The first such codes, called Kanun-name, or literally “book of law”, had to do with financial and fiscal matters, which lay at the heart of state revenues. Based on custom (örf), these documents generally tried to reconcile previously existing practices with the priorities and needs of the Ottoman state.
The best examples are the numerous Kanun-names granted to individual provinces following their conquest. Typically, such a provincial book of law would maintain most of the taxes and dues existing under the previous rule, and simply adapt them to an Ottoman standard.
One of the most decisive outcomes of the use of Kanun was the redefinition of Ottoman society in a two-tiered hierarchy. At the top, were the askeri, literally the “military,” a tax-exempt ruling class consisting of the “men of the sword,” the “men of the book,” and the “men of the pen.” At the bottom, the rest of the population, labeled as the reaya, the “flock,” whose duty was to produce and pay taxes.
One of the biggest challenges for the Ottomans was to impose secular law at the centre of the empire in order to consolidate the position of the sultan at the pinnacle of power. The most extreme example of this was the “law of fratricide” attributed to Sultan Mehmed II, known as the Conqueror after he took Constantinople in 1453.
The text of this law was brief but terrifying: “Whichever of my sons inherits the sultanate, it behooves (is necessary for) him to kill his brothers in the interest of the world order; most jurists have approved this; let action be taken accordingly.”
Whichever of my sons inherits the sultanate, it behoves him to kill his brothers in the interest of the world order…”
The law of fratricideUsed in the time of Sultan Mehmed II
This was a perfect example of secular law permitting an act that Sharia would have never condoned – the assassination by a newly enthroned sultan of all his brothers for fear of a repetition of the fratricidal conflicts that had plagued the Ottoman system of succession.
This law was maintained and followed for about a century and a half, until popular reaction and fear of dynastic extinction led to the unfortunate brothers being held in captivity instead of killing them.
The mention in the law that “most jurists have approved this” suggests there was an effort to prove that this law was compatible with Sharia; and also, that this opinion was not unanimous and that there must have been a good deal of arm-twisting to obtain the approval of “most jurists”, unless this was entirely a legal fiction.
This potential tension between Kanun and Sharia provides precious insight into the dynamics of Ottoman power politics and state building during the same period.
These transformations of the Ottoman system present striking similarities with what was happening in Western Europe at the same time. The efforts deployed by all these states to control taxation in order to promote the growth of a central army and bureaucracy are at the very centre of the emergence of the early modern state.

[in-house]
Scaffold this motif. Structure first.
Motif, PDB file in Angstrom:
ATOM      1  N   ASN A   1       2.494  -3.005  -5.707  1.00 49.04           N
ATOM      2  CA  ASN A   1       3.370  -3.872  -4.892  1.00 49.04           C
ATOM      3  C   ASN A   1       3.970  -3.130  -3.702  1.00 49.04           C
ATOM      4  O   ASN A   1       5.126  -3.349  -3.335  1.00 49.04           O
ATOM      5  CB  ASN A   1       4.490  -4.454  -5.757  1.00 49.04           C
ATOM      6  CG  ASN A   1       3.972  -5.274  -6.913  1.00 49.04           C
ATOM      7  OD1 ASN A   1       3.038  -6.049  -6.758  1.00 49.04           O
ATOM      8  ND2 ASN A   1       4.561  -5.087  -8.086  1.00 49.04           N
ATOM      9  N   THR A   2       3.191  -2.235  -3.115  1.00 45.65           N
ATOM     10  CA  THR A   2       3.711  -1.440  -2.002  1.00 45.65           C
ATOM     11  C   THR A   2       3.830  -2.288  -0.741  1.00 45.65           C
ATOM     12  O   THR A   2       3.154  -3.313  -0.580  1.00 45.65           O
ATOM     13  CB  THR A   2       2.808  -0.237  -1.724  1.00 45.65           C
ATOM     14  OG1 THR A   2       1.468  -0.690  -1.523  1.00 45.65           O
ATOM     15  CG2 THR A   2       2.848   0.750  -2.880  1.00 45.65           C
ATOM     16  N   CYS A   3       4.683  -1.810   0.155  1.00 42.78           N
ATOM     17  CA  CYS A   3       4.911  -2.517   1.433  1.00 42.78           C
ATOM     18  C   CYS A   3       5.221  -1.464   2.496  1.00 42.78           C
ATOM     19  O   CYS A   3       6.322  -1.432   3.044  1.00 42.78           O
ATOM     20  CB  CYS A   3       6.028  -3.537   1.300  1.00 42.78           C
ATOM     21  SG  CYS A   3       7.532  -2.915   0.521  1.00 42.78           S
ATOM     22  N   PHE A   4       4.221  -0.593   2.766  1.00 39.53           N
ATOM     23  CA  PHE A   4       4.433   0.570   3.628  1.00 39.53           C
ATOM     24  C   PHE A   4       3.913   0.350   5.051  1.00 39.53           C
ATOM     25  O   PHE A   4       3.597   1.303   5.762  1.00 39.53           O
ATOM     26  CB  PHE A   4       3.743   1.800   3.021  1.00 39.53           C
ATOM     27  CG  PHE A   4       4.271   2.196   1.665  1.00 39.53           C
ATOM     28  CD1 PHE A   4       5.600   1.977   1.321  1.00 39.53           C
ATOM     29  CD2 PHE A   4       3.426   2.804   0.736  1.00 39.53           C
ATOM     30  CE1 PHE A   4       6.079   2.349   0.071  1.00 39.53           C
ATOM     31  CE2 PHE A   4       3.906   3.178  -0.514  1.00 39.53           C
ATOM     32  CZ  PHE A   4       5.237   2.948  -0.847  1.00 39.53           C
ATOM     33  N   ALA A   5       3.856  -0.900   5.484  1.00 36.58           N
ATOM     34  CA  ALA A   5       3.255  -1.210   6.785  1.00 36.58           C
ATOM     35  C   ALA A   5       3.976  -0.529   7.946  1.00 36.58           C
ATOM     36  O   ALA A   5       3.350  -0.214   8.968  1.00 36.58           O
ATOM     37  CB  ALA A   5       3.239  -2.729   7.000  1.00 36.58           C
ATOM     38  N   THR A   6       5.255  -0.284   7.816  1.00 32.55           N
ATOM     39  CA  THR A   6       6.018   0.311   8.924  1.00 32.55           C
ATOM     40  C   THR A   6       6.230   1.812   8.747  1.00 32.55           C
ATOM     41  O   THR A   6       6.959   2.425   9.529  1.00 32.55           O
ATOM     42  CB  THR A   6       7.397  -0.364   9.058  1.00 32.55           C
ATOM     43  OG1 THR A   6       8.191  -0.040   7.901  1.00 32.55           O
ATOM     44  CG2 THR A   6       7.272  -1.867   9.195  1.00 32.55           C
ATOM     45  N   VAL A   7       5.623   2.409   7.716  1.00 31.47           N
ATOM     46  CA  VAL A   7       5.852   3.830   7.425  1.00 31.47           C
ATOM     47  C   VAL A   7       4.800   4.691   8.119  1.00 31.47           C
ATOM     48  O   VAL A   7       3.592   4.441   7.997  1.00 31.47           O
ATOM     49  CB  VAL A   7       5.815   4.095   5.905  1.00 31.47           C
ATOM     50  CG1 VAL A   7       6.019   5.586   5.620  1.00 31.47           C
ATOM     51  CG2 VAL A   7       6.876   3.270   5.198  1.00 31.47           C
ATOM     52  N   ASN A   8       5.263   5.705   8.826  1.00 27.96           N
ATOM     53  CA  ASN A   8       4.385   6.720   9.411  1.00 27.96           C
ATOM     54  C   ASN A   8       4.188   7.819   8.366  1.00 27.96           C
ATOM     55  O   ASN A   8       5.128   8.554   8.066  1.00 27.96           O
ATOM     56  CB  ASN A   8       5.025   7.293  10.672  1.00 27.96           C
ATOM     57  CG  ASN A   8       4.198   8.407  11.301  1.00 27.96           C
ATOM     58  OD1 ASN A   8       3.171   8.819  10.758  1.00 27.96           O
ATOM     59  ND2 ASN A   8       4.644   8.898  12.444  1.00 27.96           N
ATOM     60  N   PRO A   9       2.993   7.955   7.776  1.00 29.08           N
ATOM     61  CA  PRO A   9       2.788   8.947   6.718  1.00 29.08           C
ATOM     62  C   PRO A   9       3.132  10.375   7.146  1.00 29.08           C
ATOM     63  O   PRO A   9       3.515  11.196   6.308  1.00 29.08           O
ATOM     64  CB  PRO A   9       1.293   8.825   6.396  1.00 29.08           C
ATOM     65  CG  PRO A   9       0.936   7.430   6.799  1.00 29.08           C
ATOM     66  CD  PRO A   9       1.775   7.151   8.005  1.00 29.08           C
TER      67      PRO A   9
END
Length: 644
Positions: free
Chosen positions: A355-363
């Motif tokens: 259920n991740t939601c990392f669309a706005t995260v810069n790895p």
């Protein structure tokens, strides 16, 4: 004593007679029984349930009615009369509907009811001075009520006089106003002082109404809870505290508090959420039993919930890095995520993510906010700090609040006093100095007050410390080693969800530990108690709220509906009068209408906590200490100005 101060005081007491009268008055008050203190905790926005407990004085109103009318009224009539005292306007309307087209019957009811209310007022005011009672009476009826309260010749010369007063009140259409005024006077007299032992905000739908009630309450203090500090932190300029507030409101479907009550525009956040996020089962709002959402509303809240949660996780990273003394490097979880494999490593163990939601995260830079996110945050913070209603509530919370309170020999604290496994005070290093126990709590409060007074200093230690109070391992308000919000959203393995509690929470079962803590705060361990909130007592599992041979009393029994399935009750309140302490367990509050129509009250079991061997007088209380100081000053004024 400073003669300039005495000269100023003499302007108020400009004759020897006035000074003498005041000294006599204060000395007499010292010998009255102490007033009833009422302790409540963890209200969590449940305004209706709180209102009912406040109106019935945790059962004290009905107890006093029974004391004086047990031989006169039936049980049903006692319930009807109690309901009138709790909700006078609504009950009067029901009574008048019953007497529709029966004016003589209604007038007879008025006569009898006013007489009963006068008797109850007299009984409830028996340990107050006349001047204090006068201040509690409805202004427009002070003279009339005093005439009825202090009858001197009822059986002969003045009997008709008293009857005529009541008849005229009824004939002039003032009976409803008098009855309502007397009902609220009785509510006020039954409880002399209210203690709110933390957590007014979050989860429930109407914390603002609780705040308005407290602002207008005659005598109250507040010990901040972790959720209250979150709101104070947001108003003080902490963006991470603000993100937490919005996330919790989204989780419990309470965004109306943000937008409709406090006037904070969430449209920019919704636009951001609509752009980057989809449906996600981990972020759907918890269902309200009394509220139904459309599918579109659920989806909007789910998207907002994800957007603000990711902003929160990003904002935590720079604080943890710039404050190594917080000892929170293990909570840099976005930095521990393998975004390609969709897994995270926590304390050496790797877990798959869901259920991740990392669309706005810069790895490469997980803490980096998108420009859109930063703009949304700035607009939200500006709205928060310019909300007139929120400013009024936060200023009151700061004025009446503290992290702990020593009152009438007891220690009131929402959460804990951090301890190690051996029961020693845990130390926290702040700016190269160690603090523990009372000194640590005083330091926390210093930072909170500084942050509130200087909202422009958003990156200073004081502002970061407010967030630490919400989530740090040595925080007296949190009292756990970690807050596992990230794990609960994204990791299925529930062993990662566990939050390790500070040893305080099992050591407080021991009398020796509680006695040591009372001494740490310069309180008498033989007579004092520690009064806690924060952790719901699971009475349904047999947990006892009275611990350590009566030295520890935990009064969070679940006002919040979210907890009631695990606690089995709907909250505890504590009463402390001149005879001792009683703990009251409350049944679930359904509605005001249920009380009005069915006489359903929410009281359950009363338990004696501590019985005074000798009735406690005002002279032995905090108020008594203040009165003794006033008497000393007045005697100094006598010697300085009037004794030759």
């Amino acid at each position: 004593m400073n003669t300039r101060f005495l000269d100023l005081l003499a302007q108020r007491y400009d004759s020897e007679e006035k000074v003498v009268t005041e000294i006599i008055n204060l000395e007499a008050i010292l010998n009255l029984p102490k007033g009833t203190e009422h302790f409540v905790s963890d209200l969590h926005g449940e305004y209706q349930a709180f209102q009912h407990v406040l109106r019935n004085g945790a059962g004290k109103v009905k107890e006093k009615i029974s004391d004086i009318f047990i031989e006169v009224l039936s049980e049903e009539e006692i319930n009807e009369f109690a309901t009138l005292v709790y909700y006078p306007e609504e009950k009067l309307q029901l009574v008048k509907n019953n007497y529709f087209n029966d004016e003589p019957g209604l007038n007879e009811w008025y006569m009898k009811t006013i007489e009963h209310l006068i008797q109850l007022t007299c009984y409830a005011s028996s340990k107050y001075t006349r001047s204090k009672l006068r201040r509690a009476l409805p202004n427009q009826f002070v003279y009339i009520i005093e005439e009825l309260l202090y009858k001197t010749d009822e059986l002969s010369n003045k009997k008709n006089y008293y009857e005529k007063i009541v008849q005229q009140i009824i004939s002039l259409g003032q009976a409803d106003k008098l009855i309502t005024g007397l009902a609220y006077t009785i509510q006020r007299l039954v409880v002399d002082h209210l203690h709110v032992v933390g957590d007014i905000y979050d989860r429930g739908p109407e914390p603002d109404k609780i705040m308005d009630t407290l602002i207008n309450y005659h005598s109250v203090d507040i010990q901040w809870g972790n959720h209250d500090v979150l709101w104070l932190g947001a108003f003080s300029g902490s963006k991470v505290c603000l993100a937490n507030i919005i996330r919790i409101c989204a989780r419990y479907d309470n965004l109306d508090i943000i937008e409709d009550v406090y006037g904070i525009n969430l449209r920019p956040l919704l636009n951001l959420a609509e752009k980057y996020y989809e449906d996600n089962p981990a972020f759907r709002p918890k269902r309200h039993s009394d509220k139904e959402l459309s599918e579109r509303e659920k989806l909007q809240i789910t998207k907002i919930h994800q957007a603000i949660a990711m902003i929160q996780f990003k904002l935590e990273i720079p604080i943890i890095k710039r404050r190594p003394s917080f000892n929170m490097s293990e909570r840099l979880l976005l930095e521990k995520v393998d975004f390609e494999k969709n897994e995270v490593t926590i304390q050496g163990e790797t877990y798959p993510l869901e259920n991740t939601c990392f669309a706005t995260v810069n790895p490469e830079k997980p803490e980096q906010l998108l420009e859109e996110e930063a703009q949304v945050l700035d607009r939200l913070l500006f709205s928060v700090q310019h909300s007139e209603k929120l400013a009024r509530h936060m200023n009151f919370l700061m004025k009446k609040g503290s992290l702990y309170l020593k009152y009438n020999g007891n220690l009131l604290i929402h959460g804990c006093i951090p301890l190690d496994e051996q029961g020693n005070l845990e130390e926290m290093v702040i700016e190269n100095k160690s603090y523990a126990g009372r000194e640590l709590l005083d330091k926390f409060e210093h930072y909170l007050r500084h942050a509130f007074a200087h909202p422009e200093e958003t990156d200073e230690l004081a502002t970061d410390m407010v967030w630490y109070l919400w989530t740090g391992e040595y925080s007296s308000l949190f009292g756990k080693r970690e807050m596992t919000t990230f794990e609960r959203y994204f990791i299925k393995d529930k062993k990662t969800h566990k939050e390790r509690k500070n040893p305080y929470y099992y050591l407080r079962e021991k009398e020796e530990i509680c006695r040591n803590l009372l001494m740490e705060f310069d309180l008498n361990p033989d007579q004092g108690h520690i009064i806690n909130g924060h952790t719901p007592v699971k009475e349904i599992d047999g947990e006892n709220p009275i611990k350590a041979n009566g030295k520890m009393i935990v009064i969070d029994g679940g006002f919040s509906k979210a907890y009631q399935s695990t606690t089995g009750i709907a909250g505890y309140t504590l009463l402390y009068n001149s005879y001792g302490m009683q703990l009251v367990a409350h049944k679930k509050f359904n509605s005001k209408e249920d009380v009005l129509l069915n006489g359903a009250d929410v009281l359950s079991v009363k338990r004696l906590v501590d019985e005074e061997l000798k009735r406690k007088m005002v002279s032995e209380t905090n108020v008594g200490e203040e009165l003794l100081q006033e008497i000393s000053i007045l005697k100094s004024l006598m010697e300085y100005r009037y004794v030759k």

Crown and Church were also pitted against each other in the struggle over resources and authority. By trying to exert increasing control over the religious hierarchy, the Ottomans hoped to force it into submission and turn it into yet another instrument of sultanic power.
The reign of Suleiman the Magnificent was a perfect example of this. Religion was gradually brought under state control by the setting up of a hierarchical structure centred in the capital, Istanbul. Any important member of the religious administration had to undergo a centralised process of formation and selection and would depend entirely on the state for any position and promotion.
A new office was also invented to top this structure: that of the sheikhulislam, literally the “leader of Islam”. This individual would oversee the whole system and answer to the sultan, much like the grand vizier would do for secular matters.
Ebussuud Efendi – Suleyman’s sheikhulislam saw to it that conformity between Kanun and Sharia was maintained, at least on paper. The flexibility of his jurisprudence was such that he managed to find ways of legalising interest-bearing loans, a most reprehensible practice by stricter standards of Sharia.
It is rather telling that Suleiman’s nickname in Turkish is not “Magnificent,” but Kanuni, the “Lawgiver,” for it was under his reign the use and formulation of secular law reached its institutional peak.
The Ottomans: Europe’s Muslim Emperors a three-part television series presented by Rageh Omaar can be seen on BBC Two on Sunday from 6 October.